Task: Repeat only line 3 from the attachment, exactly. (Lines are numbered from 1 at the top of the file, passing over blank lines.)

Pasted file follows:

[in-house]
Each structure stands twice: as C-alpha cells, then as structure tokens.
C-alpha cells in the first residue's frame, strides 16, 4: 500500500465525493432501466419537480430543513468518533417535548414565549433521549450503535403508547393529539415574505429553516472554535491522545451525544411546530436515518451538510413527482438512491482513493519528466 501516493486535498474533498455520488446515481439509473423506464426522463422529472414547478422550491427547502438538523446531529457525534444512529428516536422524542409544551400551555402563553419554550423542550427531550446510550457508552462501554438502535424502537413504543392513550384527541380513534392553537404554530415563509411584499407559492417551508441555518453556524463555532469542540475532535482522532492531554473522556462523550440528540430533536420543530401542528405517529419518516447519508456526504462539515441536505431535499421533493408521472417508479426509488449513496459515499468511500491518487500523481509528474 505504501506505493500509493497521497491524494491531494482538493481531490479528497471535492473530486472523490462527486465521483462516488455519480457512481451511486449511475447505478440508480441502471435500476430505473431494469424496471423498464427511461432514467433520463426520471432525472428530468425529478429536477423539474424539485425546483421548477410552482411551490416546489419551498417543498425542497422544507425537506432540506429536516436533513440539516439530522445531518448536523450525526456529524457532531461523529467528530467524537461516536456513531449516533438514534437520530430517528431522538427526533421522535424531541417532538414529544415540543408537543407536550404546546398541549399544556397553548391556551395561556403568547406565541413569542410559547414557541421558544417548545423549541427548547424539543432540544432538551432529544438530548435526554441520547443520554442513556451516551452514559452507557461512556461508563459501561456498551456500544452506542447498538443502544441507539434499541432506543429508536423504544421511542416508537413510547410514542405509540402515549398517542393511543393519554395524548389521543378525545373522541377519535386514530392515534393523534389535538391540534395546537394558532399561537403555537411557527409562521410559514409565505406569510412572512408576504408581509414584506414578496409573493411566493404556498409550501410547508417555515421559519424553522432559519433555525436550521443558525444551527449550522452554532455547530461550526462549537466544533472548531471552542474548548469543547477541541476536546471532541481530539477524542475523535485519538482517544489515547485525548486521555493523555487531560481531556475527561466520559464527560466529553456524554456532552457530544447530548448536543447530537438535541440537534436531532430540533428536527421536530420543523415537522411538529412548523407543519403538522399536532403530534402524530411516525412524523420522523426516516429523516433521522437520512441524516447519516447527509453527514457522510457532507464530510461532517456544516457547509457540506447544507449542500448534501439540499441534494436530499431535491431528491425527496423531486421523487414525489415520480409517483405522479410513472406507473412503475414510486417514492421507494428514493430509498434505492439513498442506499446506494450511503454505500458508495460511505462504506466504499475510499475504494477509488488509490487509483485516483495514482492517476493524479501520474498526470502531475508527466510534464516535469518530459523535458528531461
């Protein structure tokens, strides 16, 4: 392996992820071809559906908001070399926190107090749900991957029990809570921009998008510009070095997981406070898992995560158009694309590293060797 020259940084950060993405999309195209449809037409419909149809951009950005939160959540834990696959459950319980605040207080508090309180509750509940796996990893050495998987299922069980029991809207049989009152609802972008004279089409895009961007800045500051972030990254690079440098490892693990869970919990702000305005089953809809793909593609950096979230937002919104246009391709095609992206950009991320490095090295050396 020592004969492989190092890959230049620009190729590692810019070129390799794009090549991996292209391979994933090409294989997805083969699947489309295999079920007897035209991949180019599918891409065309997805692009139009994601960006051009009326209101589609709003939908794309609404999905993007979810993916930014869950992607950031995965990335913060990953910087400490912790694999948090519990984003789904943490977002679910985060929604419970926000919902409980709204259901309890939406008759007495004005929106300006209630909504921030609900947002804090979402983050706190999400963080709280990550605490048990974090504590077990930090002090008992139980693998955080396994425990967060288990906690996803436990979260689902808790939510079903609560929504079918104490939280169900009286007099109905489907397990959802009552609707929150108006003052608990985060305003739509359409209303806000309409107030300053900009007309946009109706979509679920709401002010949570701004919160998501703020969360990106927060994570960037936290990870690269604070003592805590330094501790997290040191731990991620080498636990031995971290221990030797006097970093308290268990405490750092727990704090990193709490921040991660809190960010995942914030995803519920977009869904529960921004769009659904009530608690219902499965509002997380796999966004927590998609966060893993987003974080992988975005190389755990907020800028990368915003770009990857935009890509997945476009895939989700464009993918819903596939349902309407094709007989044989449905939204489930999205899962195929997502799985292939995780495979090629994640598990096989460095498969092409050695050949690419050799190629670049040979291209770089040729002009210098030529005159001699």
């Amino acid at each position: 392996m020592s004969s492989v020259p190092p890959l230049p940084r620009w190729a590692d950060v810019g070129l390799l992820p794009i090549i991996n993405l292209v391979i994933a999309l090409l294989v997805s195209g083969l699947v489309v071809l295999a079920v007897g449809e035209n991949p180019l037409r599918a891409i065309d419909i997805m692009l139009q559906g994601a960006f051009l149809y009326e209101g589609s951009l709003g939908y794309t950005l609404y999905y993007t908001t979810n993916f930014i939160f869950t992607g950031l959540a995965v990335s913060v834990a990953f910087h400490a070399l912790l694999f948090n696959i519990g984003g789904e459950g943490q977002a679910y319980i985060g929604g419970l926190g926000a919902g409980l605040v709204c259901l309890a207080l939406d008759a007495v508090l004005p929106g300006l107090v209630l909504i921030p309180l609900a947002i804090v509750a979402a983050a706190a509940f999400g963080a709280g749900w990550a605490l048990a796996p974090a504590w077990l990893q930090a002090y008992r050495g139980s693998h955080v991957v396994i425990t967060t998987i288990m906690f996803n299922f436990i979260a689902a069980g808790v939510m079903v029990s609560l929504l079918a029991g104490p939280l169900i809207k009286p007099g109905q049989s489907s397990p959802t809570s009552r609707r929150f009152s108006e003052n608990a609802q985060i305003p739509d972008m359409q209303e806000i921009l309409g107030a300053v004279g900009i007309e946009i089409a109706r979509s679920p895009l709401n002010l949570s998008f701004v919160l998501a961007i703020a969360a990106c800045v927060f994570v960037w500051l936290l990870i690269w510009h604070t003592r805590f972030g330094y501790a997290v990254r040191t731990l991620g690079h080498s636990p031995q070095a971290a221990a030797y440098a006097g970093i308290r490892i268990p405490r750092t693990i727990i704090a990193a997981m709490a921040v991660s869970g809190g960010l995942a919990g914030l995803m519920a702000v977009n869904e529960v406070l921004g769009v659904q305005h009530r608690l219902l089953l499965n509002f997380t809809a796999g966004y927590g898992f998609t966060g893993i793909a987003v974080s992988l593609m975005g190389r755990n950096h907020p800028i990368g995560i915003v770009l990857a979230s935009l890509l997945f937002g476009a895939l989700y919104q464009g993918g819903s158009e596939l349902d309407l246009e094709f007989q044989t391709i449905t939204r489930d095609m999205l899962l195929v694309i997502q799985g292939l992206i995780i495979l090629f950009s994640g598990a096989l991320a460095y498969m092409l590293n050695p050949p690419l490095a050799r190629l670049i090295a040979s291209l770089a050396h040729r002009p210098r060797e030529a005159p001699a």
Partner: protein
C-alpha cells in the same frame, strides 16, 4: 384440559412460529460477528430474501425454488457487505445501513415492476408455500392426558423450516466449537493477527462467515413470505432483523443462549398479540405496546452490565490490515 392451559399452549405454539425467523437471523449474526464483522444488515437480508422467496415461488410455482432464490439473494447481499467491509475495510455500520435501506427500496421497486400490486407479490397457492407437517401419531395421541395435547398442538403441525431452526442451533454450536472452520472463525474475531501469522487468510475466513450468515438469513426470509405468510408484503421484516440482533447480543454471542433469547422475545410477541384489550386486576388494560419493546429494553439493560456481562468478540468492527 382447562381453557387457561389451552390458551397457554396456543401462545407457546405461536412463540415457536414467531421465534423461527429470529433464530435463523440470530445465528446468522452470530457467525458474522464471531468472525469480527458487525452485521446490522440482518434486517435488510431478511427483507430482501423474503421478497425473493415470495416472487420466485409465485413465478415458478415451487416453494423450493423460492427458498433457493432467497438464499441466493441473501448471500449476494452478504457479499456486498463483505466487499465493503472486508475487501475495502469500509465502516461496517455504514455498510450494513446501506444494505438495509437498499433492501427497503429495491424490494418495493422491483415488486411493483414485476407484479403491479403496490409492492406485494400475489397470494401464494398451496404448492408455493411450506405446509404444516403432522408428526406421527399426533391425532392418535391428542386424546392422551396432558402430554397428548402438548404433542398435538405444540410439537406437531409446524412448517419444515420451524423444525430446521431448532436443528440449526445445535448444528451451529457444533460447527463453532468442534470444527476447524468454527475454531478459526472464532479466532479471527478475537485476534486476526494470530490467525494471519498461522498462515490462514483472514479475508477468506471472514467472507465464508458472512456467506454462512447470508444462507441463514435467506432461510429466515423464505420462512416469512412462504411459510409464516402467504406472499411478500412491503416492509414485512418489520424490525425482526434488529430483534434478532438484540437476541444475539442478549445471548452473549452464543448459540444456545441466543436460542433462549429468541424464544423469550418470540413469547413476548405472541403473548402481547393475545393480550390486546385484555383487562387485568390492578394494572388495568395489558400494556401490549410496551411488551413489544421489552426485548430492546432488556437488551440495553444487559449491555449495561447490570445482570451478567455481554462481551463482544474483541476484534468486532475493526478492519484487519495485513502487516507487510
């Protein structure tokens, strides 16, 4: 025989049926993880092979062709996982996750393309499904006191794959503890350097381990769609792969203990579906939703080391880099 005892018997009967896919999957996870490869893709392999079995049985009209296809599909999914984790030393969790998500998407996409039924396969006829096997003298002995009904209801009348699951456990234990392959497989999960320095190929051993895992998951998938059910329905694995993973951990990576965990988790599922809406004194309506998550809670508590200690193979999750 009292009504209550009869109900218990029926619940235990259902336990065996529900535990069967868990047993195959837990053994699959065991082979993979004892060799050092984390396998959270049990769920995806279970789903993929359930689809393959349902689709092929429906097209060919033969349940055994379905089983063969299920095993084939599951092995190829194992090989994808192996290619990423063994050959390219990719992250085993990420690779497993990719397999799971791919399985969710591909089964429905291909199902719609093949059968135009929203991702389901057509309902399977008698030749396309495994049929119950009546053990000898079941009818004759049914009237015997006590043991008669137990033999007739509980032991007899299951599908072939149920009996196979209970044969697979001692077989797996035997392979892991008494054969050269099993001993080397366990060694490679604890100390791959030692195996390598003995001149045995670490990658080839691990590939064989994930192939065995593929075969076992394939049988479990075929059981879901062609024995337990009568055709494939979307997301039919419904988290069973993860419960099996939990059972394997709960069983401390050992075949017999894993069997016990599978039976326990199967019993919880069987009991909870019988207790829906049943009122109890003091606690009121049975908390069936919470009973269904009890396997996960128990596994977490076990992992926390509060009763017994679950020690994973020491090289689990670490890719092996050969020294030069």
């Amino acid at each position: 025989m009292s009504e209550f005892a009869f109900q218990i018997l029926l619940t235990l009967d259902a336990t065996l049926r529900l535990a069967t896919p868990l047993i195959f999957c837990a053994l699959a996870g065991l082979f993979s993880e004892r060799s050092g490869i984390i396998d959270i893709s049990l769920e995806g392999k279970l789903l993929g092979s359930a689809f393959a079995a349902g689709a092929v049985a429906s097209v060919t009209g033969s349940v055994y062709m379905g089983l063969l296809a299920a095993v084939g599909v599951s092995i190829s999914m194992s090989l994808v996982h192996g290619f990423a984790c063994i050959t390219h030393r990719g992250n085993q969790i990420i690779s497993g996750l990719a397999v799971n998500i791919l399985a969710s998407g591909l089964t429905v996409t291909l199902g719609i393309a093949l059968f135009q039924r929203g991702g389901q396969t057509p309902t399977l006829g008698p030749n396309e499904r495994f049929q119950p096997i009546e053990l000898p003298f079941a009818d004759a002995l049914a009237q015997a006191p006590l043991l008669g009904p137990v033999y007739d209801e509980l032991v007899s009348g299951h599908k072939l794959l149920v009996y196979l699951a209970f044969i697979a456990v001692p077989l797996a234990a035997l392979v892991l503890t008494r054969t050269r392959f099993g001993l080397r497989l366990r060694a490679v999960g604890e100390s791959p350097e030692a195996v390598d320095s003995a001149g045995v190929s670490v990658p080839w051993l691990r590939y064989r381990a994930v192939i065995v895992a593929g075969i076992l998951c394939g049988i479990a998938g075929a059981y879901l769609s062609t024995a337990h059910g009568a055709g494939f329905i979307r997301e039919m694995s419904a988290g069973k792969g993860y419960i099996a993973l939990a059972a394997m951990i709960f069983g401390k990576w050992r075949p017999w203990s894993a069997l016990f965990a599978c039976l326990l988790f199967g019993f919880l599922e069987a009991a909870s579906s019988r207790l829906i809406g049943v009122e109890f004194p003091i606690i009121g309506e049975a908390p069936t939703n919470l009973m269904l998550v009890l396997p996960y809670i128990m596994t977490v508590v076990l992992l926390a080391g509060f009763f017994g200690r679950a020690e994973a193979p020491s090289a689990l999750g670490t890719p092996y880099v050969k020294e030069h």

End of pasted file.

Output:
C-alpha cells in the first residue's frame, strides 16, 4: 500500500465525493432501466419537480430543513468518533417535548414565549433521549450503535403508547393529539415574505429553516472554535491522545451525544411546530436515518451538510413527482438512491482513493519528466 501516493486535498474533498455520488446515481439509473423506464426522463422529472414547478422550491427547502438538523446531529457525534444512529428516536422524542409544551400551555402563553419554550423542550427531550446510550457508552462501554438502535424502537413504543392513550384527541380513534392553537404554530415563509411584499407559492417551508441555518453556524463555532469542540475532535482522532492531554473522556462523550440528540430533536420543530401542528405517529419518516447519508456526504462539515441536505431535499421533493408521472417508479426509488449513496459515499468511500491518487500523481509528474 505504501506505493500509493497521497491524494491531494482538493481531490479528497471535492473530486472523490462527486465521483462516488455519480457512481451511486449511475447505478440508480441502471435500476430505473431494469424496471423498464427511461432514467433520463426520471432525472428530468425529478429536477423539474424539485425546483421548477410552482411551490416546489419551498417543498425542497422544507425537506432540506429536516436533513440539516439530522445531518448536523450525526456529524457532531461523529467528530467524537461516536456513531449516533438514534437520530430517528431522538427526533421522535424531541417532538414529544415540543408537543407536550404546546398541549399544556397553548391556551395561556403568547406565541413569542410559547414557541421558544417548545423549541427548547424539543432540544432538551432529544438530548435526554441520547443520554442513556451516551452514559452507557461512556461508563459501561456498551456500544452506542447498538443502544441507539434499541432506543429508536423504544421511542416508537413510547410514542405509540402515549398517542393511543393519554395524548389521543378525545373522541377519535386514530392515534393523534389535538391540534395546537394558532399561537403555537411557527409562521410559514409565505406569510412572512408576504408581509414584506414578496409573493411566493404556498409550501410547508417555515421559519424553522432559519433555525436550521443558525444551527449550522452554532455547530461550526462549537466544533472548531471552542474548548469543547477541541476536546471532541481530539477524542475523535485519538482517544489515547485525548486521555493523555487531560481531556475527561466520559464527560466529553456524554456532552457530544447530548448536543447530537438535541440537534436531532430540533428536527421536530420543523415537522411538529412548523407543519403538522399536532403530534402524530411516525412524523420522523426516516429523516433521522437520512441524516447519516447527509453527514457522510457532507464530510461532517456544516457547509457540506447544507449542500448534501439540499441534494436530499431535491431528491425527496423531486421523487414525489415520480409517483405522479410513472406507473412503475414510486417514492421507494428514493430509498434505492439513498442506499446506494450511503454505500458508495460511505462504506466504499475510499475504494477509488488509490487509483485516483495514482492517476493524479501520474498526470502531475508527466510534464516535469518530459523535458528531461